Well, That Didn’t Take Long

September 28, 2017

In just two days, maybe 4 hours of work, the Nazgul are done.  I painted them in shifts, the foot first, the mounted second and the fell beast with rider third.  All were primed black followed by a coat of black paint and a light dry brushing of shadow gray.  Te metal parts are iron silver and the bones are bleached bone.


Nazgul mounted give chase. The front figure is a Witch King figure.

Frankie the Frank is going to have a tough time with this guy.

A scene from Weathertop? Nazgul attack the Hobbits near an old ruin.

It was an excellent find for me really and I am quite pleased with the figures.  $30 or so is not “cheap” but these figures fill a necessary niche for LotR battles.


To Mordor I will Take You

September 25, 2017

While browsing the “interwebs” for…well…anything, I stumbled upon a post about Black Raven Foundry wraiths and the lament that they were closer to 1/72 scale than 15mm.  What’s this you say?  The third picture in his post tells the whole story.  The Germanic warrior is, according to PSR, is 24mm tall.  So, last Thursday, I took a chance and made a purchase.  One bag of wraiths and another bag with the fell beast and Witch-King was ordered.  I figured the mounted and the witch king would size up too small.  Boy how wrong I was.

A selection posed with a MiniArt Mounted germanic Warrior, a HaT Frankish warrior and a Caesar Miniatures adventurer knight.

Not exactly perfect but here is a look at the figures for scale.

I am quite happy with the footmen and their size.  They are perhaps 23mm tall and seem to fit well with other figures.  I am pleasantly surprised with the mounted and how good they look against the mounted warrior.  Understand that MiniArt Germanic Warriors were a bit robust and slightly larger than the other 1/72 ranges.  So, though the “nightmares” are slightly smaller, in all likelihood, they will match with many other ranges.   I’d been looking for suitable wraith figures for my LotR collection.  Those interested can find them here and here.  A bag of each will run you about $30 with postage.  Expected delivery in the US is probably about a week or less.

Rolls Royce: The Finished Product

September 23, 2017

It’s funny how these models sometimes fight you all the way to completion.  This was one of those models.  I built one body only to find out how many mistakes I made and started over.  I must have made 7 turrets before I found a design I was happy with.  The paint is close but not exact.  In real life, this model looks pretty good.  Up close, it looks still a little rough.  I am happy with the $3 investment for as many of these vehicles as I can build.  I will be building two more for the 11th Hussars.  No Caunter scheme.  Just desert yellow.

Looking a little rough up close. One thing I will do is line wheels with a dark gray pen from now on.

Looks better from the rear but the black on the wheels really shows, errors and all

Overhead view showing off the Bren MG and Boys ATR.

Rolls Royce – Not Exactly Luxury

September 23, 2017

Here are a couple of pictures of my first Rolls Royce Armored Car.  the model is by Der Kampfflieger.  The model came with the original turret.  I had to design my own WW2 style turret.  The ATR was scratch built.  I used a Junior General ATR for the receiver and added a round Plastruct rod for the barrel.  I used a thin strip of paper for the muzzle break.  I will do the same for the Bren.  I do have a few bren guns from Raventhorpe but compared to the ATR, the Bren gun barrels look massive.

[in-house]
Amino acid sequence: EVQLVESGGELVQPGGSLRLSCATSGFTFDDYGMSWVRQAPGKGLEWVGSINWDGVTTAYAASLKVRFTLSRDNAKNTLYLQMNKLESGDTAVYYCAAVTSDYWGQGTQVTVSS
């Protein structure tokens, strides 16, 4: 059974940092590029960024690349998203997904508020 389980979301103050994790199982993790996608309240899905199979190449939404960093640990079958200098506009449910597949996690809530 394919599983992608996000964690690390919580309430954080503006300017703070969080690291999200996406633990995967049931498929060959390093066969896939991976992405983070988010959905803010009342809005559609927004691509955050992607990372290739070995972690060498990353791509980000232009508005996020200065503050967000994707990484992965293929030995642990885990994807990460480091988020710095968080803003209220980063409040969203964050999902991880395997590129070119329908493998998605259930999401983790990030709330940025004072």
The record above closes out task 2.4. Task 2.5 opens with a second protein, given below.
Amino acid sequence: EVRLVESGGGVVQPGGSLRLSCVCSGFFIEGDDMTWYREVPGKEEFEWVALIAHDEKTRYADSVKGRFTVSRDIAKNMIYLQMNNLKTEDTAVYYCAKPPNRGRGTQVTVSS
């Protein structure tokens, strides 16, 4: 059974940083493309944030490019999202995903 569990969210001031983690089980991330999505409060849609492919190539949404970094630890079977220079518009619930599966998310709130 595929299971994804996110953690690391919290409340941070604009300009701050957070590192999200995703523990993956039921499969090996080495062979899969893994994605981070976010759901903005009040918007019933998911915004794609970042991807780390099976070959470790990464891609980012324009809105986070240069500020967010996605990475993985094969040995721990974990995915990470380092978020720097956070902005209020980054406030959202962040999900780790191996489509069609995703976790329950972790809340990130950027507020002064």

Lots of edging still to be done. Won’t take long though.

Yep…filling some where the running board meets the fender. Pretty minor though.

I did have a tough time with the fender assembly.  The way I thought they would be, the boards tapered out…which was wrong.  They should be straight.  I ended up cutting my first attempt away and did it again.  The results were much better.

“Is this thing on?” Friday Grab Bag #3

September 22, 2017

With the recent arrival or “Developing the Portable Wargame” I’ve been pondering exactly how to approach the rules.  The game is fairly scale agnostic.  I have all of these wonderful Rapid Fire! campaign books and not enough forces/terrain/table space to run any of them.  Then it occurred to me that I could convert them to the PW.  Each PW unit would equal 1 company in the RF organization.  I thik I will have to add some more terrain boards.  A battalion will be something like 5-6 stands which, on my small board, will just work.  Multiple battalion battlegroups?  Not so much.

My son and I have started our 3rd full Frostgrave game.  I said “full” because our first couple of goes were really rules lite affairs.  We started with just an infantry action from Don Featherstone’s “Skirmish Wargames” book.  This was just to get used to the flow of the game.  Then we added 1 wizard and a few companions to see how the magic went.  Finally we went full on gaming with all the rules and campaign elements.  It’s been a good time so far.  However, my little opponent is sometimes not so focused, especially in the later evening when we have time to play a turn or two.  I guess I should cut him some slack.  He is only 9 after all.

I’ve been shopping on occasion at wargame vault for various terrain bits.  I’ve picked up a few ruins from Microtactix, a paper terrain company that started back around 2000.  Their models still hold up well to the more advanced competition such as Fat Dragon Games, another favorite of mine.  Recently, I’ve been perusing some models from Wargame Print.  I bought a few of their models back when their selection was quite limited.  I am amazed now at how extensive their offerings have become.  I have the Greek Fort, which is sized quite nicely for a DBA BUA in 15mm.  I’ve also picked up the Waterloo style buildings in 6mm.  These are modular buildings so you can add and take away from one structure to make different looking complexes.   This is also a multi-layered PDF so it is possible to change the skins with three different options of walls and another three different options of windows/doors.

Greek Fort (Fromt Wargame Vault Website)